Time to Read: 6 Minutes
In our October webinar, we highlighted the potential for the election to create added volatility driven by the possibility of a contested or drawn-out process. In fact, the Dow Jones Industrial Average (DJIA) fell 6.5% the week prior to the election—its worst pre-election week on record, according to Ned Davis Research (NDR).
Almost one month after election day, President Trump has yet to concede and the fate of the Senate hinges on two run-off elections in Georgia slated for early 2021—yet the DJIA hit a record of 30,000 just last week. Why are markets responding so favorably? We explore two key reasons and discuss our recent portfolio rotation.
Markets get comfortable with the apparent election outcomes
Although the 2020 elections have not been finalized, it seems markets have become comfortable with the following likely outcomes, which represent a check on the balance of power:
- Joe Biden and Kamala Harris are likely to be our next president and vice president
- Republicans are likely to retain their majority in the Senate
- Democrats will retain their majority in the House of Representatives.
As shown below, the DJIA has enjoyed its best performance during periods with a Democratic president and split Congress.
Rapid vaccine progress provides additional tailwind
Markets have also been boosted by stunning progress in producing multiple vaccines for COVID-19. Three major pharmaceutical companies recently released favorable results from clinical trials of their vaccines, including very promising news from Pfizer and its partner BioNTech along with Moderna, which each reported vaccines that are 95% effective in trials.
This news could not come soon enough as communities worldwide experience another major wave of cases, deaths, and lockdowns. Interestingly, markets are beginning to rotate out of the high-flying “COVID leaders” and into the beaten down “COVID laggards,” as illustrated below.
We first wrote about NDR’s COVID leaders and laggards in May. The top panel of the graphic above shows relative performance of leaders vs. laggards. When the line is rising, the “stay at home” leaders are performing better; when it is declining, the laggards are outperforming. The bottom panel shows the number of new cases in the US. There is a clear relationship during the first two waves of the virus: As cases rose in March/April and June/July, leaders outperformed. This relationship, however, has broken down recently. We believe this breakdown is attributable to better-than-expected vaccine news. Markets are beginning to look ahead toward a reopening of the economy—even in the face of rising cases.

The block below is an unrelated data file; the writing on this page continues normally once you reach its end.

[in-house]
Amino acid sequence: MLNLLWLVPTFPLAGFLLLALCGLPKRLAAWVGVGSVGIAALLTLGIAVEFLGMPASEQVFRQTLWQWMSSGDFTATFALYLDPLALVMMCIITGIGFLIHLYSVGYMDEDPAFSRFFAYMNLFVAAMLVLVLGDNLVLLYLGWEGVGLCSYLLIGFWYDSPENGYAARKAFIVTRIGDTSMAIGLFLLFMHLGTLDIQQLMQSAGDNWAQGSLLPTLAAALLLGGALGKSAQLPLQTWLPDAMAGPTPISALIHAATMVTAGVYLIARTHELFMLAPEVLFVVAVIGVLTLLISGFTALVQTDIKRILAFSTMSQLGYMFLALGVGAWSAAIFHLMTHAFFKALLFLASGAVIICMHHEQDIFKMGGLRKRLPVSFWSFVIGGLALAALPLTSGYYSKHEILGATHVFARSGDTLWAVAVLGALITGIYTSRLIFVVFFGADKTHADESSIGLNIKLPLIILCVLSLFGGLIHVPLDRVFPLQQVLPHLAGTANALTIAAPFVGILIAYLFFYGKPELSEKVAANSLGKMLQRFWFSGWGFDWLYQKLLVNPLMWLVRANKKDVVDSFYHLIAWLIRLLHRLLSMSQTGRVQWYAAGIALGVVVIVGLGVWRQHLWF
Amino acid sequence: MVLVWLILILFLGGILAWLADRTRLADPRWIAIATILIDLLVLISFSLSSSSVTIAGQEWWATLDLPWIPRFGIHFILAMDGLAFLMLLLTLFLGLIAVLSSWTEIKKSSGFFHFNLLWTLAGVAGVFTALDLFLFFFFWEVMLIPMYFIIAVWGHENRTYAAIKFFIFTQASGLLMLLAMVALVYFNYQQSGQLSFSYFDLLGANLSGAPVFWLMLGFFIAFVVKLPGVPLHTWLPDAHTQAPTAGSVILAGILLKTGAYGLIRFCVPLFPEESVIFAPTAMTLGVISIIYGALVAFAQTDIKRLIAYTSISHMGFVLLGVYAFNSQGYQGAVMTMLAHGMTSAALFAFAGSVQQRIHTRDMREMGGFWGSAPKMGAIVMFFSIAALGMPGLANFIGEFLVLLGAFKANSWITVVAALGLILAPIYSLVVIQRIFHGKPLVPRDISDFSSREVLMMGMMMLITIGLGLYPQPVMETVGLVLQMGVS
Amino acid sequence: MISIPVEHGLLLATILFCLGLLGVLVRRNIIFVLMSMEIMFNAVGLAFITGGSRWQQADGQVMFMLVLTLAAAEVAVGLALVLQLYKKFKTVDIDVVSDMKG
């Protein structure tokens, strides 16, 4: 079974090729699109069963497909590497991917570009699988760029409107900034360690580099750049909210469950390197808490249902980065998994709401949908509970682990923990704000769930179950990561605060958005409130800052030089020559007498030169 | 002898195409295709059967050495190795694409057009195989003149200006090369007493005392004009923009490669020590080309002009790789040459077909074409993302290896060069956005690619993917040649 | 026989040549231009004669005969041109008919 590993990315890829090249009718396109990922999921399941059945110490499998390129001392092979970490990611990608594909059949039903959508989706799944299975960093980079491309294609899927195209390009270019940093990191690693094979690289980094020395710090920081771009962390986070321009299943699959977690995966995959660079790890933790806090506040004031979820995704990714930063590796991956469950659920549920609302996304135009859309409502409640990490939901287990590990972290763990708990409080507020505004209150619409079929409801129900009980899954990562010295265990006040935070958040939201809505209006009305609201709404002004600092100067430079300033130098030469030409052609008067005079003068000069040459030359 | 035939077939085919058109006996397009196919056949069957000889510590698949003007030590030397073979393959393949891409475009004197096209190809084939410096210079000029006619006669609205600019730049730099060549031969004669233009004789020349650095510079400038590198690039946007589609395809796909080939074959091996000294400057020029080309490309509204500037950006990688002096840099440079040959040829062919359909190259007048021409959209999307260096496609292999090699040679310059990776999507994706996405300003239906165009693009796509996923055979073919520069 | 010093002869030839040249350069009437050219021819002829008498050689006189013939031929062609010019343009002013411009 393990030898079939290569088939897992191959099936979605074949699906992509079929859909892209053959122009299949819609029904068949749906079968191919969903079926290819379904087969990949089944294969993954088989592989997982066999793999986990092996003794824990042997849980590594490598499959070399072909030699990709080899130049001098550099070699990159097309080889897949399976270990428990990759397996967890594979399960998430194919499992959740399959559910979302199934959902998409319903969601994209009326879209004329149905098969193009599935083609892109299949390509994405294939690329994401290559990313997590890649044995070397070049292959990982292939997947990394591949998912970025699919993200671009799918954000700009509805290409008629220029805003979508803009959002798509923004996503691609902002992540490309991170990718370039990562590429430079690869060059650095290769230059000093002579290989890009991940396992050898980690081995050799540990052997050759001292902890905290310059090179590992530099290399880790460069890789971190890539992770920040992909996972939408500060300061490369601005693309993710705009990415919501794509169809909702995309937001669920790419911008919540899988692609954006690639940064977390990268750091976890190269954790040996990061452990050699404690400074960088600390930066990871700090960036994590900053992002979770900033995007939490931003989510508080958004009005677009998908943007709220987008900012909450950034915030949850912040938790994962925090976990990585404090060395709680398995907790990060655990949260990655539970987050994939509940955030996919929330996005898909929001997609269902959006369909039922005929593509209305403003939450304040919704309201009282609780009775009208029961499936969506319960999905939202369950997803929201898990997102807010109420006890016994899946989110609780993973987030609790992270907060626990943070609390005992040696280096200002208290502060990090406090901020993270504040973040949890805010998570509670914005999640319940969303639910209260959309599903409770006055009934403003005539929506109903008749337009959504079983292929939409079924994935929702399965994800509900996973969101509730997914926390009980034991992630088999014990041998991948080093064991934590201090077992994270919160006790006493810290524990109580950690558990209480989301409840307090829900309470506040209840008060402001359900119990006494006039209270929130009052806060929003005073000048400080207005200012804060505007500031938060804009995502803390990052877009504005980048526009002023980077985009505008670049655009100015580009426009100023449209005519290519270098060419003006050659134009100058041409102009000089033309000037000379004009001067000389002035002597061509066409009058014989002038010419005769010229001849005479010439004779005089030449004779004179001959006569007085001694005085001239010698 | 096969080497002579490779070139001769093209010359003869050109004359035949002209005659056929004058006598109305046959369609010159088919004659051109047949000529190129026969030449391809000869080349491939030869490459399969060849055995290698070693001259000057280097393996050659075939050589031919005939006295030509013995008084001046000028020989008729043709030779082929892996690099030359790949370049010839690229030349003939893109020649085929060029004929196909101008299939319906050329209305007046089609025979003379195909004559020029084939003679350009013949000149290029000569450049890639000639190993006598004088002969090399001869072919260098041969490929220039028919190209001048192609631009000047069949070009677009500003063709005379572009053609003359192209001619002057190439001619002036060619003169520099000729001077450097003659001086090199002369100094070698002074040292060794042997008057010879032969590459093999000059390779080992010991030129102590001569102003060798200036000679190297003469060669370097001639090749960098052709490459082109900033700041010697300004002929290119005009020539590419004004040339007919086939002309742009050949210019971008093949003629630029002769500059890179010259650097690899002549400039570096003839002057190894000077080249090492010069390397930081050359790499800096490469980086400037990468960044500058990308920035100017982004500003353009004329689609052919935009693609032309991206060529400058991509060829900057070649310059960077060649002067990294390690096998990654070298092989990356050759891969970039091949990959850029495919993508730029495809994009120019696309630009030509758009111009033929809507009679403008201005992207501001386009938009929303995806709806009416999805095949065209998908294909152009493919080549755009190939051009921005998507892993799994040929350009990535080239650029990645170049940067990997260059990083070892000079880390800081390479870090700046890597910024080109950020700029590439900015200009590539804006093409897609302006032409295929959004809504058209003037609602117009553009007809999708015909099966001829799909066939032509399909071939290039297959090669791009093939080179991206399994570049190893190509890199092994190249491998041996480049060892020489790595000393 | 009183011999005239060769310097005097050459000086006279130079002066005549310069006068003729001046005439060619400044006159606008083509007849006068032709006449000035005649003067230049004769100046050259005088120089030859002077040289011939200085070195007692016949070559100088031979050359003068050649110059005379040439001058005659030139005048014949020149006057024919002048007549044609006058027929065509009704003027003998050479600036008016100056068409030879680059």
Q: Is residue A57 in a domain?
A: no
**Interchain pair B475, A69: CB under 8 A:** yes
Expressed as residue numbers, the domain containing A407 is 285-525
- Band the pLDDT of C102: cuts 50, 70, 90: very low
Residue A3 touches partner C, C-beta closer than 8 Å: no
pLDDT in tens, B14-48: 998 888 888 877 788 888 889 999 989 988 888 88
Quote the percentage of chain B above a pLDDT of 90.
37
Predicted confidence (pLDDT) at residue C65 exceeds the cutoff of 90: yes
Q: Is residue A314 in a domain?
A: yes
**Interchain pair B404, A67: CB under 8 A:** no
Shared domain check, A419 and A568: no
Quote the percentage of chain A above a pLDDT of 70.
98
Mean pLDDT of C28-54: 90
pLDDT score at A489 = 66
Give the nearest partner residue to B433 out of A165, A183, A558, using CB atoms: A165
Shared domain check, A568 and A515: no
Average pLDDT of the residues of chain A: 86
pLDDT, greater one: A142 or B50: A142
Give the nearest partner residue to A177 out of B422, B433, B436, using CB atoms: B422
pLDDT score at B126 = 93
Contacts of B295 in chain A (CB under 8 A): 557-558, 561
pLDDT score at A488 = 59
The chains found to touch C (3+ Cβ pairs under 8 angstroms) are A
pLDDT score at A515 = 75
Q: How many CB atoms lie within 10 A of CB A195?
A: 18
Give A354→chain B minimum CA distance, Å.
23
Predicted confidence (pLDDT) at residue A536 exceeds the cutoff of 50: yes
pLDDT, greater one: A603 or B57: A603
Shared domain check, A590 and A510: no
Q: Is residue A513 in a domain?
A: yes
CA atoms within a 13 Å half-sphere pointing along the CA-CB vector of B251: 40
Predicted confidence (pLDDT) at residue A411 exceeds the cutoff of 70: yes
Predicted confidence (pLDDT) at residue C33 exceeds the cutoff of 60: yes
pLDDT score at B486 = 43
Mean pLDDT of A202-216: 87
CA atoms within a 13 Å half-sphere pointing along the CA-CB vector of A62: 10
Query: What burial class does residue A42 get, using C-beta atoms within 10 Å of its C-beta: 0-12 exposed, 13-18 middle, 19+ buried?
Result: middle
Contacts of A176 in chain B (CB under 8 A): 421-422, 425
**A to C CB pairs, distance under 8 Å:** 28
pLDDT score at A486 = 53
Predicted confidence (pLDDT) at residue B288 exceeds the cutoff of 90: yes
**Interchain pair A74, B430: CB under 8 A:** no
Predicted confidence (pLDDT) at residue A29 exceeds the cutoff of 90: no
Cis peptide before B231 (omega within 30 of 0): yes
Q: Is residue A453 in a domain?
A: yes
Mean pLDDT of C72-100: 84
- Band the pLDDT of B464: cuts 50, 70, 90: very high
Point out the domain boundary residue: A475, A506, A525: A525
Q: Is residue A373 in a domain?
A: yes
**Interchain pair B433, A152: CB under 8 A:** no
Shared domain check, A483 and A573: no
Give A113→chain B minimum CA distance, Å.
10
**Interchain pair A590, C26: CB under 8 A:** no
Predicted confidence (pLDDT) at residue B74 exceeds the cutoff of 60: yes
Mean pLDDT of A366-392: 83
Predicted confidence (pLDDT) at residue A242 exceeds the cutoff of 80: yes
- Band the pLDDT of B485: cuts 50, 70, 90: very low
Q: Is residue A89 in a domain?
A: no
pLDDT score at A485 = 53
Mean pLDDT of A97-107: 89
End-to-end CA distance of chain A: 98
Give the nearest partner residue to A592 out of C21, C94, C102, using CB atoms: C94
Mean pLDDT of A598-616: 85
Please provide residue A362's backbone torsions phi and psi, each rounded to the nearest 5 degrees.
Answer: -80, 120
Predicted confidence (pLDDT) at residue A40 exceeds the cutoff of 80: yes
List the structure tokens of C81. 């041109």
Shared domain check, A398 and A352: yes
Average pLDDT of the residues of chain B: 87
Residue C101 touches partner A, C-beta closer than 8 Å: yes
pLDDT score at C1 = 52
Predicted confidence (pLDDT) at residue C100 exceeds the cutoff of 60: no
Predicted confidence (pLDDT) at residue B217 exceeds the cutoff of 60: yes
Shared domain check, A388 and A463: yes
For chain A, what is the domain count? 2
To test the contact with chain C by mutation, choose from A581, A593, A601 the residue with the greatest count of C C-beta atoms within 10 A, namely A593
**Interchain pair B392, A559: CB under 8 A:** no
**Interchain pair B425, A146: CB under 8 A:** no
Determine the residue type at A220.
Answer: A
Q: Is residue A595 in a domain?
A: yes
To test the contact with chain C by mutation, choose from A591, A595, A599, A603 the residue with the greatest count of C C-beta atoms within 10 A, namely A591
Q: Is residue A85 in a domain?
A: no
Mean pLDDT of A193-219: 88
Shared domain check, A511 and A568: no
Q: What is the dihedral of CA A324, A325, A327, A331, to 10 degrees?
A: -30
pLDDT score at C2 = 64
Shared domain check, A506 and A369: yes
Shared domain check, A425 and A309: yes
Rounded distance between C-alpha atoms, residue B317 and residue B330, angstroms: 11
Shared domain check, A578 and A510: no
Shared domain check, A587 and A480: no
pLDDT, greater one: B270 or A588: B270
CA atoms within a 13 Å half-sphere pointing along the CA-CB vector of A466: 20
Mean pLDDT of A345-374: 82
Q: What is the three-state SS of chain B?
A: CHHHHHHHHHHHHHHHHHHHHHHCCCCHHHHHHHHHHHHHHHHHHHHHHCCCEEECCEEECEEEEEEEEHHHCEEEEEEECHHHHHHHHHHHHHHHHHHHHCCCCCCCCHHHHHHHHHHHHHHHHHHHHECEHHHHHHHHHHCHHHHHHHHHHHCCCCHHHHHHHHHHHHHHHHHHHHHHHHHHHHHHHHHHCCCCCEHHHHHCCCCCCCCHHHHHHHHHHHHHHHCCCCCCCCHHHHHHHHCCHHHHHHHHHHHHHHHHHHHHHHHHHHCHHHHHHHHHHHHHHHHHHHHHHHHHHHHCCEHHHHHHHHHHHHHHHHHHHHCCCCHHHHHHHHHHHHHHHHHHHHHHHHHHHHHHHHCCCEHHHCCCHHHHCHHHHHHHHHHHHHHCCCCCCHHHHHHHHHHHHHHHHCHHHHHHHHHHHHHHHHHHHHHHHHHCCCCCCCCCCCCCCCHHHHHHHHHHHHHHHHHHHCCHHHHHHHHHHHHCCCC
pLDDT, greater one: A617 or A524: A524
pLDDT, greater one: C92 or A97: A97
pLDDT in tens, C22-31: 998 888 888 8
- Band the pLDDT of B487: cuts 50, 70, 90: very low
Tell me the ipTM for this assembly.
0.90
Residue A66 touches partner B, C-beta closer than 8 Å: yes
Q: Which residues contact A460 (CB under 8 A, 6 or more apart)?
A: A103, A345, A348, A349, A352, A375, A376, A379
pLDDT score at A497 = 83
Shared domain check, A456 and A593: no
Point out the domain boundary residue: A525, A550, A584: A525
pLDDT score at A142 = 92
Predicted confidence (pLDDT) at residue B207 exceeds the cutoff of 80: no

Assessing the investment implications
We believe this change has implications for the broad market, as much of the performance of US stocks in 2020 has been concentrated in a handful of technology companies which have benefited from the pandemic. Because the S&P 500 Index is weighted according to company size (i.e., market cap), companies and sectors become more concentrated in the index as they grow larger. In fact, the current weight of the top five stocks in the S&P 500 is greater than 22%, a level not seen since the early 1970s and surpassing the dot-com bubble of 2000.
We believe this concentration presents an opportunity to look at the S&P 500 differently, as an equal-weighted index, where each company holds the same weight regardless of size. As shown below, the S&P 500 Equal Weight has significantly outperformed the market-cap weighted S&P 500 since 1971.
As one might expect, however, the market-cap weighted version performs better when concentration in its top stocks is high, as shown below.
While we still think it always makes sense to have a core holding in the market-cap weighted S&P 500, this week BWM began to add exposure to the equally-weighted index while continuing to reduce exposure to the technology sector. We believe the market will eventually look ahead to a full reopening of the economy, which should benefit equally-weighted exposure and provide continued upside to equities. If our objective indicators continue to improve—which would occur should the market rally hold and participation continue to broaden—we would look to increase our equity exposure.